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November 28, 2022

Senate Banking Committee

Live-blogging the Hearing on the Role of the Accounting Profession in Preventing Another Financial Crisis

Okay team, are we ready to do this? The first panel will be informative but fairly uneventful unless one of David Vitter’s hookers shows up unexpectedly and demands that her opinion be heard and the chances of that seem slim. The second panel may have more excitement since we have Anton Valukas and Lynn Turner in one corner and Cynthia Fornelli of the Center for Audit Quality and Thomas Quaadman of the U.S. Chamber of Commerce in other but we’ll see how things go.

We’re using a different method of live-blogging today, trying out Cover it Live for the first time on GC. You’ll be able to follow our coverage (after the jump and watch the hearing live here) and comment in real time. Once you submit your comment, I’ll simply approve it (just so long as you don’t say anything especially idiotic or offensive) and it will appear right alongside my comments. Professor Dave Albrecht is also live-blogging, so jump over to The Summa to check out his thoughts. Also, Adrienne is on the Hill today live-tweeting the proceedings, so be sure to keep tabs on the details she’s providing on nervous staffers, Brooks Brothers suits and male-pattern baldness. All right, let’s get on with it, shall we?

Valukas Testimony: Public Has the Right to Conclude That Auditors Will Stand Up to Management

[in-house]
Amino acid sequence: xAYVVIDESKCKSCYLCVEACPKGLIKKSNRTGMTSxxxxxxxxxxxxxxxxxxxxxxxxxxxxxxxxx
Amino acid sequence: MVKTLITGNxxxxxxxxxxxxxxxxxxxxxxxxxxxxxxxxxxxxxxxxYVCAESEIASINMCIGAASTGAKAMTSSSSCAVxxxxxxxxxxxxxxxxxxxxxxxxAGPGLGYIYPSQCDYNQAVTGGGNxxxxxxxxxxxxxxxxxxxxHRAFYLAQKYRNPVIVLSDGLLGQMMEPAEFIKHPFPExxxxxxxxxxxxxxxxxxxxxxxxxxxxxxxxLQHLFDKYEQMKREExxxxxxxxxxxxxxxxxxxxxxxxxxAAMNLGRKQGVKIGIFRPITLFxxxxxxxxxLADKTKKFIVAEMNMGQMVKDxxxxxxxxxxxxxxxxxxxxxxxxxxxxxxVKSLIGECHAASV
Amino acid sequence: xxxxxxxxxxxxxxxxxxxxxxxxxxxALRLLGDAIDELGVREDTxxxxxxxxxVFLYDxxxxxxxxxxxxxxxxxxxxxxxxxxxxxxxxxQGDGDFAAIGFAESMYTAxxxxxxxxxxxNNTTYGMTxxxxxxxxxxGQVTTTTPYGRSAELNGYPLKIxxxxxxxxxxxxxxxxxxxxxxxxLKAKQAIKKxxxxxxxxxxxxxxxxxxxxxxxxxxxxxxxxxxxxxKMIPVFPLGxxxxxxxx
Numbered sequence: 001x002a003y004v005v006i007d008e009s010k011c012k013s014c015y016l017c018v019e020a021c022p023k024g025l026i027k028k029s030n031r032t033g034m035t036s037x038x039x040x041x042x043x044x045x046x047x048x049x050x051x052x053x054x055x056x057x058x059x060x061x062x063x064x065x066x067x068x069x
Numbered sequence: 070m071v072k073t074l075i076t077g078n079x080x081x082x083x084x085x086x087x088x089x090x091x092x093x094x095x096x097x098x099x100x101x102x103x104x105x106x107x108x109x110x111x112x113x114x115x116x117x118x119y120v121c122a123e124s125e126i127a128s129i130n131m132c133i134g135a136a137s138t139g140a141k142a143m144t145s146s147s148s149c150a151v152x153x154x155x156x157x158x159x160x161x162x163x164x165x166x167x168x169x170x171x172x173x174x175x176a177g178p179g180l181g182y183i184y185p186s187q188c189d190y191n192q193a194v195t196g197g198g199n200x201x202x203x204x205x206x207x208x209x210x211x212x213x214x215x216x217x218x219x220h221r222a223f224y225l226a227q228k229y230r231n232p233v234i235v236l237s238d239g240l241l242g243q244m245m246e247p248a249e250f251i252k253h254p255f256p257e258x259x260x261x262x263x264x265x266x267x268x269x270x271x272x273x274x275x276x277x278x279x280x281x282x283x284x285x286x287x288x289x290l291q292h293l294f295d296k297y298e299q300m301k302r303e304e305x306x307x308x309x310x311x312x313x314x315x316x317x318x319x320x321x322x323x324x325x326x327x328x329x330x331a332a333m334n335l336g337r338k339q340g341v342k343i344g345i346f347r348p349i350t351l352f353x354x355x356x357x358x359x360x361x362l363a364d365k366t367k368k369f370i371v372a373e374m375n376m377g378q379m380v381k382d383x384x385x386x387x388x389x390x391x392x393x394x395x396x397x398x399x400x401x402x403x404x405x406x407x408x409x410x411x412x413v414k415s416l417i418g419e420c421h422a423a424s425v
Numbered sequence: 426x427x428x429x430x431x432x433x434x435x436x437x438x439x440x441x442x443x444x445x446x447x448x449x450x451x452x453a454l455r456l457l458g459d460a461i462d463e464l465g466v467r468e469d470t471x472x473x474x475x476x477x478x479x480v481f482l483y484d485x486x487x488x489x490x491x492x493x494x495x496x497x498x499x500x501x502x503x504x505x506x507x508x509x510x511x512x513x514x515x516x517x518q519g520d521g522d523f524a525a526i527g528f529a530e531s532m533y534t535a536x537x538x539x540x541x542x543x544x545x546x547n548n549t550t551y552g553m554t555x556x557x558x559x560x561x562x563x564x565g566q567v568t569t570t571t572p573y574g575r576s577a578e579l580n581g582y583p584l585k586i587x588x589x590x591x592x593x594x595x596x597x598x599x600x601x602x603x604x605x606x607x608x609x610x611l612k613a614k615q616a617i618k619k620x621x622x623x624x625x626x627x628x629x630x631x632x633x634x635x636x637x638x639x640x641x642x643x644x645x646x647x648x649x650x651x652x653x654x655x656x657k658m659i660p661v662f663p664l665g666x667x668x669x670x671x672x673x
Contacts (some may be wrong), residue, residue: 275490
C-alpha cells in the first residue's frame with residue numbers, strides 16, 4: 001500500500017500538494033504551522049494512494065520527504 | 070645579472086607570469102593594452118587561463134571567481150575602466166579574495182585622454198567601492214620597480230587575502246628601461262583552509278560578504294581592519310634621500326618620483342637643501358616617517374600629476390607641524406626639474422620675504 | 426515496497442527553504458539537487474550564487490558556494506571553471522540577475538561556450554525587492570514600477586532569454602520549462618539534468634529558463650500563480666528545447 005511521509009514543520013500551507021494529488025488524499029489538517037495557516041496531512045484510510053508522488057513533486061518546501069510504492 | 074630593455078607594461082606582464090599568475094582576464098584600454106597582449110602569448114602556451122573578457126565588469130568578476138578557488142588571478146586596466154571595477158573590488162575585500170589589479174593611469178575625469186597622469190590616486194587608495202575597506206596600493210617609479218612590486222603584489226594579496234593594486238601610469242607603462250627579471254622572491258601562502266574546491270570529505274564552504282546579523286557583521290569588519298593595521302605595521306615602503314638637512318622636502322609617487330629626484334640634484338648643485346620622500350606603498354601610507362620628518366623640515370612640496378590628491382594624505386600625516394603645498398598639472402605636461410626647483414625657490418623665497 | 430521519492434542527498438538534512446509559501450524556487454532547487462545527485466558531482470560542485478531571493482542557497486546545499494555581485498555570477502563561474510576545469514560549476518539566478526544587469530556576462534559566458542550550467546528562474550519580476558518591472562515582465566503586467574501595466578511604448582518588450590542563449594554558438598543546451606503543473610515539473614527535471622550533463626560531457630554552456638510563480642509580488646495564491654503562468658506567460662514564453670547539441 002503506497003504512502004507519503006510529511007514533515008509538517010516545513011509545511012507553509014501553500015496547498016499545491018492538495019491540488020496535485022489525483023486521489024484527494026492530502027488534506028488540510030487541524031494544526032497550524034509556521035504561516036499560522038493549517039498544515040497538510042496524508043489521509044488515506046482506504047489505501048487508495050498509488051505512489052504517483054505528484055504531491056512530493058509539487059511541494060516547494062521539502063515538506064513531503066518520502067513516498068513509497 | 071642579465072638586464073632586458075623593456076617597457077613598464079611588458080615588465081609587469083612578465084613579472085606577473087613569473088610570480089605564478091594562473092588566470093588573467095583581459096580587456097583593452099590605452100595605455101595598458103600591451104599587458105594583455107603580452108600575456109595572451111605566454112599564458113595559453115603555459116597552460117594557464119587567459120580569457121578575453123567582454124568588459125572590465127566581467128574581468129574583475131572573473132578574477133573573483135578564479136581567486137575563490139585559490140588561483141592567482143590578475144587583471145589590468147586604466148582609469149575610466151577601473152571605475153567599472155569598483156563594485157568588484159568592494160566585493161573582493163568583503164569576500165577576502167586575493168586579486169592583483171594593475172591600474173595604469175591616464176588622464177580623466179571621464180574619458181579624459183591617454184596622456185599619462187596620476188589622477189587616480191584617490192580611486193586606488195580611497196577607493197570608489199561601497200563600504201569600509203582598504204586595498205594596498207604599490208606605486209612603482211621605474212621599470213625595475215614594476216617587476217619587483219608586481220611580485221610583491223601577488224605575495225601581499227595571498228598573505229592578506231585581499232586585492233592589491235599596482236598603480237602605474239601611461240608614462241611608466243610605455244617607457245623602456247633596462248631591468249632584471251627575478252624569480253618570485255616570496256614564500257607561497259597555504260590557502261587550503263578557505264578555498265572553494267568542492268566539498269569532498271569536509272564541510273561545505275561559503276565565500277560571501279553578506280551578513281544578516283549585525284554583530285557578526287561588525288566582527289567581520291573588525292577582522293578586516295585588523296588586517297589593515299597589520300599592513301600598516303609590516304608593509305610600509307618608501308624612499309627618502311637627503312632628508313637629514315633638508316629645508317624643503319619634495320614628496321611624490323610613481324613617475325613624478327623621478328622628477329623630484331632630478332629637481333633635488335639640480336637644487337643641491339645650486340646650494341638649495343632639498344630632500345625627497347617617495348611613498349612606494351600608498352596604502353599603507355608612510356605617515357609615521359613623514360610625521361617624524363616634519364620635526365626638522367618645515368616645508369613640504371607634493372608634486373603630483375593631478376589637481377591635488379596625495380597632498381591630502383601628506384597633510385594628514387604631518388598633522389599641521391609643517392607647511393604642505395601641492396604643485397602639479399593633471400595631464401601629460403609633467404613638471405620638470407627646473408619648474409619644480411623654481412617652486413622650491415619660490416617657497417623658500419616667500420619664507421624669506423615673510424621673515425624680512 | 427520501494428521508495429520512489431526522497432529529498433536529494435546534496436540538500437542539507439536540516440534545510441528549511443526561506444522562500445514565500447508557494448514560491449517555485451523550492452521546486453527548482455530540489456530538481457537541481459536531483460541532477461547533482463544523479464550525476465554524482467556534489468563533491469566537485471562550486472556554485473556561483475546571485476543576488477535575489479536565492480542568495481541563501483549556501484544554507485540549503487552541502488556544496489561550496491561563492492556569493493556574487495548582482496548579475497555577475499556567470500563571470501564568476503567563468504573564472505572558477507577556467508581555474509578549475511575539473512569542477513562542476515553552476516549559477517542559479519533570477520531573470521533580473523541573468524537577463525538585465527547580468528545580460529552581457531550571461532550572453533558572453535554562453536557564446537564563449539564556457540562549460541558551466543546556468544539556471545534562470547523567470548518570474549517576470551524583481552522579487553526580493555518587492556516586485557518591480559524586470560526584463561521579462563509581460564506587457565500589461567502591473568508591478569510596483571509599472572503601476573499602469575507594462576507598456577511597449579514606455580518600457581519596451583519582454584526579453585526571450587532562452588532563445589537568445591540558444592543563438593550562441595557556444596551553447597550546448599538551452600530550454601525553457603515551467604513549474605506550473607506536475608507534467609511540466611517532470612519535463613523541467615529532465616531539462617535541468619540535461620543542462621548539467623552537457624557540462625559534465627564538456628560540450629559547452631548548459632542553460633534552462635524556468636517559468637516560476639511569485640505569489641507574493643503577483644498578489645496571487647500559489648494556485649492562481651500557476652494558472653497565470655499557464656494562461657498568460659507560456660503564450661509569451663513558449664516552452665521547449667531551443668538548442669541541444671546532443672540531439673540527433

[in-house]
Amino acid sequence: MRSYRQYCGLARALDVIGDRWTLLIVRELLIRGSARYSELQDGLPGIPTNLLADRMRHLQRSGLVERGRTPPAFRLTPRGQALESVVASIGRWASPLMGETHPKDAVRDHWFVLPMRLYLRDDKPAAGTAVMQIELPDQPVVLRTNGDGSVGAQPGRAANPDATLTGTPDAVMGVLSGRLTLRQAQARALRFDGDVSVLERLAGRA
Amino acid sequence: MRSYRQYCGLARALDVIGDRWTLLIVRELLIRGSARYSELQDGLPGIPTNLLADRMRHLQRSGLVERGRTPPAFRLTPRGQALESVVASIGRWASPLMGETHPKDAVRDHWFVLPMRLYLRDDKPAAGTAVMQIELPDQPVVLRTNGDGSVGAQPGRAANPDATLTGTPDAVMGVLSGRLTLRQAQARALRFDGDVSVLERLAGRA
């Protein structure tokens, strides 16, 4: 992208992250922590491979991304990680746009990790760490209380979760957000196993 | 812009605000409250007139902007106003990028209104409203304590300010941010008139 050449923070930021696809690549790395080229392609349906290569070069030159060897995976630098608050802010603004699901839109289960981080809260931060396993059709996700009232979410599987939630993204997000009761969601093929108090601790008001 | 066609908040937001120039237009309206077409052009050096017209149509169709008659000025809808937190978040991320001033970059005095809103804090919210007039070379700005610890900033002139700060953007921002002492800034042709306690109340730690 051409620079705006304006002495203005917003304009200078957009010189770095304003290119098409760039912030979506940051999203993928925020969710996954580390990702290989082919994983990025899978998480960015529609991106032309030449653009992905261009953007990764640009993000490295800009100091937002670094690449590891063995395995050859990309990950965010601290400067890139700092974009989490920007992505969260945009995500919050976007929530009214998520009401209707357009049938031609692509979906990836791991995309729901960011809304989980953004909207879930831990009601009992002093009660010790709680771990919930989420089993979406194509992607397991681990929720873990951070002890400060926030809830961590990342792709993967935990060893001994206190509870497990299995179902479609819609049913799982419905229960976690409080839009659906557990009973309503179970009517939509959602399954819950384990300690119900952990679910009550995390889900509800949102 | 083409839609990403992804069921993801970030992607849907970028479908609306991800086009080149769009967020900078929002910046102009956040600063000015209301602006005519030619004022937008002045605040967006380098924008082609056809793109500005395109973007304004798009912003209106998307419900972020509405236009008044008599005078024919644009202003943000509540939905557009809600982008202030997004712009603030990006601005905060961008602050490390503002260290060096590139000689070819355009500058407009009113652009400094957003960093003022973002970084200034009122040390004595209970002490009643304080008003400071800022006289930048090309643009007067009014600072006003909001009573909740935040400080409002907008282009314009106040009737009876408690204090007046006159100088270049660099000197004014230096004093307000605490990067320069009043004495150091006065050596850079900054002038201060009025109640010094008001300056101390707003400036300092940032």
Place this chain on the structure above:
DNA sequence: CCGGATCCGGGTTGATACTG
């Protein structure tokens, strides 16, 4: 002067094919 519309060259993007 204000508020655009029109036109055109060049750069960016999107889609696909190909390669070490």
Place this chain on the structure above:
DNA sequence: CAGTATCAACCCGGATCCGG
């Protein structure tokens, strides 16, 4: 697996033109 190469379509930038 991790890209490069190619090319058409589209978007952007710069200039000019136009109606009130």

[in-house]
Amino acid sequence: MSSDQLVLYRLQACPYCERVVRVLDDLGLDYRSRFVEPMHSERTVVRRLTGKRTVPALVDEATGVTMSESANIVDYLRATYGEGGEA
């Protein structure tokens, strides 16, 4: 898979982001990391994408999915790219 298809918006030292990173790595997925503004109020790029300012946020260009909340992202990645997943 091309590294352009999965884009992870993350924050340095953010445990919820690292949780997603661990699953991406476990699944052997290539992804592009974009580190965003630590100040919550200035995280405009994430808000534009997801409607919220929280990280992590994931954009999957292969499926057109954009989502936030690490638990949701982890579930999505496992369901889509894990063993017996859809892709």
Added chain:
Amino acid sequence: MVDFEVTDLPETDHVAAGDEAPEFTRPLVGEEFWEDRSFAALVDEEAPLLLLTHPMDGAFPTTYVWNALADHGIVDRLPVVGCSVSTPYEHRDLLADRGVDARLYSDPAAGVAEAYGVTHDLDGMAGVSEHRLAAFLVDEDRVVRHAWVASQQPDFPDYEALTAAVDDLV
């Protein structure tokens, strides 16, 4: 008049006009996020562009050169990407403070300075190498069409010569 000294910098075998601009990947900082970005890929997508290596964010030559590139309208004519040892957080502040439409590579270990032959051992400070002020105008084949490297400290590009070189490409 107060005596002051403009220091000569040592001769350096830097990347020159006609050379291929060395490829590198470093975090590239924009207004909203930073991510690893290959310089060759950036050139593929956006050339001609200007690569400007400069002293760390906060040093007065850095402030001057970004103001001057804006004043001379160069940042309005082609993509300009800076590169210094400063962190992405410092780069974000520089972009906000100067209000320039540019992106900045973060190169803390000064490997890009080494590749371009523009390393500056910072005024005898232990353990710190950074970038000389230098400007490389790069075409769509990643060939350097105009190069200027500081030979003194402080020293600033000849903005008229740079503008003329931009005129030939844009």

“The public has every right to conclude that auditors who hold themselves out as independent will stand up to management and notsuccumb to pressure to avoid rocking the boat.”

Valukas Testimony 4-6-11 Am

Lynn Turner Doesn’t Let Accountants, SEC, FASB Off the Hook for Their Part in Financial Crisis

Today’s testimony before the subcommittee of Securities, Insurance and Investment will be focused on the how the accounting industry can help prevent the next financial crisis and will feature many prominent figures. The first panel will feature James Doty, Chairman of the PCAOB, Leslie Seidman, Chairwoman of the FASB and James Kroeker the Chief Accountant of the SEC.

The second panel will include Anton Valukas of Jenner & Block and the bankruptcy examiner of Lehman Brothers, Cynthia Fornelli of the Center for Audit Quality, Thomas Quaadman of the U.S. Chamber of Commerce and Lynn Turner, the former Chief Accountant of the SEC. Throughout the statement Mr Turner points to various defects within the accounting profession infrastructure. This includes the profession itself, “auditors helped contribute to a crisis in confidence” the efforts of the accounting rule-making body, “Clearly the FASB has failed to develop quality and timely standards,” and the hapless SEC, who “[lacks] the tools for the job.”

Mr. Turner’s written statement appears in full after the jump.

SenateBankingSecuritiessubcommittee04062011